Ederson and Alisson should thank their team-mates for great stats – Mendy
Posted On March 22, 2019
The 26-year-old has been one of Europe’s top shot-stoppers this season but says his good statistics are reflective of the full team
Reims goalkeeper Edouard Mendy has underlined the importance of a full team effort in allowing him to match Manchester City custodian Ederson and Liverpool shot-stopper Alisson as Europe’s best in terms of clean sheets.
Mendy has completed eight shut-outs in Ligue 1 this season to match the two Brazilian superstars in England.
Given that the Champagne club only earned promotion from the second flight in the summer, it is a remarkable achievement, though the 26-year-old keeper says his exploits are at least in part thanks to his colleagues.
“The stats don’t lie,” he told Goal . “But it’s a bit like an attacker. If he scores 20 goals, we only remember him. For goalkeepers, it’s the same. The statistic belongs to the team.
“We’ve done a great job since coach David Guion arrived [in summer 2017]. Last season, we also kept a lot of clean sheets. We’re continuing to do what we did but at a higher level, so it’s very positive.”
Mendy spent a year out of the game as a free agent before joining Marseille in 2014 and then subsequently Reims in 2016, and says that he is increasingly setting himself new goals after his strong start.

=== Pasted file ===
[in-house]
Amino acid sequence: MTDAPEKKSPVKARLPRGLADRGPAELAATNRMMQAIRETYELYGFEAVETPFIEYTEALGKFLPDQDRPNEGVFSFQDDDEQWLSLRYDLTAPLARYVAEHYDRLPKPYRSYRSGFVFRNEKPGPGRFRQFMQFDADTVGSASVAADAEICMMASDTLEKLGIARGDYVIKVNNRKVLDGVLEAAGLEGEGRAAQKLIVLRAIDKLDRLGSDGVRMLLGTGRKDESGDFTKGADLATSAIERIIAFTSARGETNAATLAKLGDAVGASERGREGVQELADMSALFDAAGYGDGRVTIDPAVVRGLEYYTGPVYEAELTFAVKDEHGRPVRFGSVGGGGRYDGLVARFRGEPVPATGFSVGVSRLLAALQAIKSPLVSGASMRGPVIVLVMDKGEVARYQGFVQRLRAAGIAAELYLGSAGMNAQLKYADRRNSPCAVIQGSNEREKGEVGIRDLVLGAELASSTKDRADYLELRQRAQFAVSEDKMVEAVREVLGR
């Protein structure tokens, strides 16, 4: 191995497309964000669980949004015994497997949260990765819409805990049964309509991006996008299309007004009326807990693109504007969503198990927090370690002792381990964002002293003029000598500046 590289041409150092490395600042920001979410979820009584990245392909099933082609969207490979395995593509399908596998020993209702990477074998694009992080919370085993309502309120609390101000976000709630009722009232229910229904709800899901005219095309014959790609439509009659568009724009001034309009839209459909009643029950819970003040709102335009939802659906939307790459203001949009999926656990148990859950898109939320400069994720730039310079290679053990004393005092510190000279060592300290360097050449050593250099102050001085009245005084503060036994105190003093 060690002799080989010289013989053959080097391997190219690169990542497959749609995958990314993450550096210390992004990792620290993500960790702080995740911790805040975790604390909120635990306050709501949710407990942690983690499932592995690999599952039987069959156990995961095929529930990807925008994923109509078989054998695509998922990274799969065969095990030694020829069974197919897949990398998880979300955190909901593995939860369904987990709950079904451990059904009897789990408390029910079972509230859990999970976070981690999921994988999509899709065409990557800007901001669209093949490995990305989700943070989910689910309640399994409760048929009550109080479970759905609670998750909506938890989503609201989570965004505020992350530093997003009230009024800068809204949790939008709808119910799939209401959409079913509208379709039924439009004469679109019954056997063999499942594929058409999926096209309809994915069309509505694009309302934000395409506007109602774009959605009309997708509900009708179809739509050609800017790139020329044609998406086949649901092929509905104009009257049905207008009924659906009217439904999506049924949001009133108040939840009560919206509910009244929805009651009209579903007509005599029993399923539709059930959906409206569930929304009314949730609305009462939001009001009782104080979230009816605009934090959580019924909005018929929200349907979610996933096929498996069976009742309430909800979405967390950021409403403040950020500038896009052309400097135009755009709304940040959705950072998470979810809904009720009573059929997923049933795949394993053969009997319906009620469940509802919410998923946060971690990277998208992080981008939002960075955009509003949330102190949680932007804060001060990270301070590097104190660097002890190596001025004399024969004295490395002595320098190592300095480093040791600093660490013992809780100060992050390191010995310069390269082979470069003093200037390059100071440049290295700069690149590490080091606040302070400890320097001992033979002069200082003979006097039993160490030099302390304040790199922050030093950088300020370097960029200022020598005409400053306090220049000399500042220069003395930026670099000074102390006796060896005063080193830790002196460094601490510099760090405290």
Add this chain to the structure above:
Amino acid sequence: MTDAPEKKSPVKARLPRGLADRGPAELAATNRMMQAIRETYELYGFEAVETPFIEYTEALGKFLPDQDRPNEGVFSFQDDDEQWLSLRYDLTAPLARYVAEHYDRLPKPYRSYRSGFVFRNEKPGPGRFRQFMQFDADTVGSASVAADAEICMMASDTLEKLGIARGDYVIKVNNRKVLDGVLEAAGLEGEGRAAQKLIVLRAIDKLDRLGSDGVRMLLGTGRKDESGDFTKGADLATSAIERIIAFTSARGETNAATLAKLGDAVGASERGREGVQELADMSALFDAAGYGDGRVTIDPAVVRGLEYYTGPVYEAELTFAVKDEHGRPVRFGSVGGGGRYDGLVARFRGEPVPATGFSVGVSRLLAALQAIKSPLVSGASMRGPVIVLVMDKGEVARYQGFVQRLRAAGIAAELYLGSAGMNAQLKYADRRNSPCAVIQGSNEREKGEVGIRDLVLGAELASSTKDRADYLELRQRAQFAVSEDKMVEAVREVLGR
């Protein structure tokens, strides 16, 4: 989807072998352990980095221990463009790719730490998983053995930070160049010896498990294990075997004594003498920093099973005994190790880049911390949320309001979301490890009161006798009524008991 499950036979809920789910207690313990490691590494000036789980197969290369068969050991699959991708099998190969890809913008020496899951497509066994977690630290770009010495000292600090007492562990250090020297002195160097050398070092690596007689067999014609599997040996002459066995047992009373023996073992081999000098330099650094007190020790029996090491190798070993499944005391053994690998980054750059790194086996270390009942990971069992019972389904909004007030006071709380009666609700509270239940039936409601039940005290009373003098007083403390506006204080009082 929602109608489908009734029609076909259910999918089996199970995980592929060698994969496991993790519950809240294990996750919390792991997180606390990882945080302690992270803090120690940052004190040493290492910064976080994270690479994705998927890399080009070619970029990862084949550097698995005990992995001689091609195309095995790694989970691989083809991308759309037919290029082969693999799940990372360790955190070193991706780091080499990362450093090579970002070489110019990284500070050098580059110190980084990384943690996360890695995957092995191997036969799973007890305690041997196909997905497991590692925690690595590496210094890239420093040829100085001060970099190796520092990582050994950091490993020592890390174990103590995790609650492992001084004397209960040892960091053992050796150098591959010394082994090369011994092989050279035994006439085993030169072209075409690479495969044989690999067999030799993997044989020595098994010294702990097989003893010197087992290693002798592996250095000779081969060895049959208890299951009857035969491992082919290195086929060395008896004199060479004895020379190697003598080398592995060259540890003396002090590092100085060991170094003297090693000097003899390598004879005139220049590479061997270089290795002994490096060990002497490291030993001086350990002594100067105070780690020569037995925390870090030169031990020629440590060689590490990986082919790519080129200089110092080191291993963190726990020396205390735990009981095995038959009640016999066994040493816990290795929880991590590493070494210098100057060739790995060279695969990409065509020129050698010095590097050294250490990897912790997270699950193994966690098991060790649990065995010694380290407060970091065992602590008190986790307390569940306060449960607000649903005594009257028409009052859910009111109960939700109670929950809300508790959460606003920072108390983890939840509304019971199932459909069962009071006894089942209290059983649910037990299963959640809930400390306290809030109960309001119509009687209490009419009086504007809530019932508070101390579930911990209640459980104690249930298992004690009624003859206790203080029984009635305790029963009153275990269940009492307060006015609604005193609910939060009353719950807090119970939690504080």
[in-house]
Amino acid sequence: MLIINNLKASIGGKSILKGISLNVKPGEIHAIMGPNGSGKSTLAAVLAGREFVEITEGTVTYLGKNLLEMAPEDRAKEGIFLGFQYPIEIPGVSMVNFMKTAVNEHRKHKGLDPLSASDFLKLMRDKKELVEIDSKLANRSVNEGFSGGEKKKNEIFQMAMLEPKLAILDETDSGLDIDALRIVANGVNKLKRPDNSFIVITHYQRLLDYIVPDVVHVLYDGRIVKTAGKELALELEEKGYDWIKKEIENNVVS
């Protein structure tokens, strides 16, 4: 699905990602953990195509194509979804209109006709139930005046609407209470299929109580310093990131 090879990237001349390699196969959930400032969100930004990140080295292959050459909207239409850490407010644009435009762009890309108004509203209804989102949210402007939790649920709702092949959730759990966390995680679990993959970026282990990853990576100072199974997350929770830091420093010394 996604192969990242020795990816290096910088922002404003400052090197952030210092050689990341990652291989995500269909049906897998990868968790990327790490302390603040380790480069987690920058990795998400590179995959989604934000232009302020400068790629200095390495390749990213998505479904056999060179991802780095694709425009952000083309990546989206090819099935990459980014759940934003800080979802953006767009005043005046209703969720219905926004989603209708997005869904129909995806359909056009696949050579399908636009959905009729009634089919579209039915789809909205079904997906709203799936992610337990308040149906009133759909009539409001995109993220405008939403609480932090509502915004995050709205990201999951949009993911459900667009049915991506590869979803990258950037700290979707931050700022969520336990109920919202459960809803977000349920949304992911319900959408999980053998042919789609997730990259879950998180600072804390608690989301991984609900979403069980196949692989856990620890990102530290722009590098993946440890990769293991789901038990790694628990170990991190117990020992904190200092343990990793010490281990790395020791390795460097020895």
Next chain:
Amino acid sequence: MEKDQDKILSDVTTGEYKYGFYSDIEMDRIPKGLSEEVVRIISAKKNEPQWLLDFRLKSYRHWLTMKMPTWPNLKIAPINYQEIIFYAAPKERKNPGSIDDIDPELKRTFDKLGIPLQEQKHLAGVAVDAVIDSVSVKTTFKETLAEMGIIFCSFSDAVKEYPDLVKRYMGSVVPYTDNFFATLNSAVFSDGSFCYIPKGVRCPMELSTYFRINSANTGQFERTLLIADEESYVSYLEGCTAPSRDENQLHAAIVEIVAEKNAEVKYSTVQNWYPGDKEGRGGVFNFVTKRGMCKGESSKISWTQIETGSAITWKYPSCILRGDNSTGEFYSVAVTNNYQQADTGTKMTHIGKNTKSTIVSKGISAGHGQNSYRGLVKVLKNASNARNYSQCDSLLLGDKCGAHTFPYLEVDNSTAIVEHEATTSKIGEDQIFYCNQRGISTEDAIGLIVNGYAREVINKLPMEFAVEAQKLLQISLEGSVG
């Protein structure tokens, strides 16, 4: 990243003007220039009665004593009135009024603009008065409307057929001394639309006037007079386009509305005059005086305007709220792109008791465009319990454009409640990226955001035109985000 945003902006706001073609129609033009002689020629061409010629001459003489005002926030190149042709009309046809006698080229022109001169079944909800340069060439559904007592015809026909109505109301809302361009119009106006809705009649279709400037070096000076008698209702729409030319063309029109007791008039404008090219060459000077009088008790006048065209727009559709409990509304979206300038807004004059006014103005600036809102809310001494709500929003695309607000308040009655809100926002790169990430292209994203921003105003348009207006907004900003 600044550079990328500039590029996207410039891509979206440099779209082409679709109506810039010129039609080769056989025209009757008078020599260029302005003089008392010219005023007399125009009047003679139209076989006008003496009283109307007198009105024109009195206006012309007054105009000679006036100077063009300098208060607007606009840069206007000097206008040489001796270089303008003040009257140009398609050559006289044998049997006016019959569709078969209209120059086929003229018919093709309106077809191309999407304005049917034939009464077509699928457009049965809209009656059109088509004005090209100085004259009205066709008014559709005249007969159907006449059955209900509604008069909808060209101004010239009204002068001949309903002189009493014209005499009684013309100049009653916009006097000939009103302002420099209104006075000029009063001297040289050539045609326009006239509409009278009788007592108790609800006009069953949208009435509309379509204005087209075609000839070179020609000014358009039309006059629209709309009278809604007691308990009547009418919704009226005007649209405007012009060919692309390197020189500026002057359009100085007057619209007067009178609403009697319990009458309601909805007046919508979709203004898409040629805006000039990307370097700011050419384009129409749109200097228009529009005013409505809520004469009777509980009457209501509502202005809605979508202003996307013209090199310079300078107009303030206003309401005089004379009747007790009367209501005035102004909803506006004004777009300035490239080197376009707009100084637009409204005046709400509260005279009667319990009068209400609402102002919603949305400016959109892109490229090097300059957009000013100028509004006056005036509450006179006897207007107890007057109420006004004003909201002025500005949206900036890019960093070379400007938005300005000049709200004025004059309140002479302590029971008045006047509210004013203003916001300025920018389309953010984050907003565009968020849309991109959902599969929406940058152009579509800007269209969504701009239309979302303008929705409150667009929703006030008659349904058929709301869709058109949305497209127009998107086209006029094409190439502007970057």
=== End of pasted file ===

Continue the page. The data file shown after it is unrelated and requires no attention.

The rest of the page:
“I’m going step by step,” he said. “The longer the season goes on, the more goals I set myself. I must continue to gain experience and to be the best player for my team. I must always push myself.
“I wouldn’t say I surprise myself because I work to be successful each weekend. If I didn’t work during the week, I’d say I’m a thief and I don’t deserve what’s happening to me, but that’s not the case.
“I work hard to be successful. When I am, it’s good and I’m happy. And when I’m not, I’m disappointed. I put it behind me quickly and get back to work so it doesn’t happen in the next game.”
One of those disappointments came in a 5-0 loss against PSG, when he was criticised for his poor display.
“The mistake was human,” he said. “There were two solutions: either I could lose my head or I could take the game as an apprenticeship for playing at the highest level, which is what I did. It’s about learning, you have to be open and learn from your mistakes.”
Reims face Marseille on Sunday as they seek to cement their place in the top half of Ligue 1.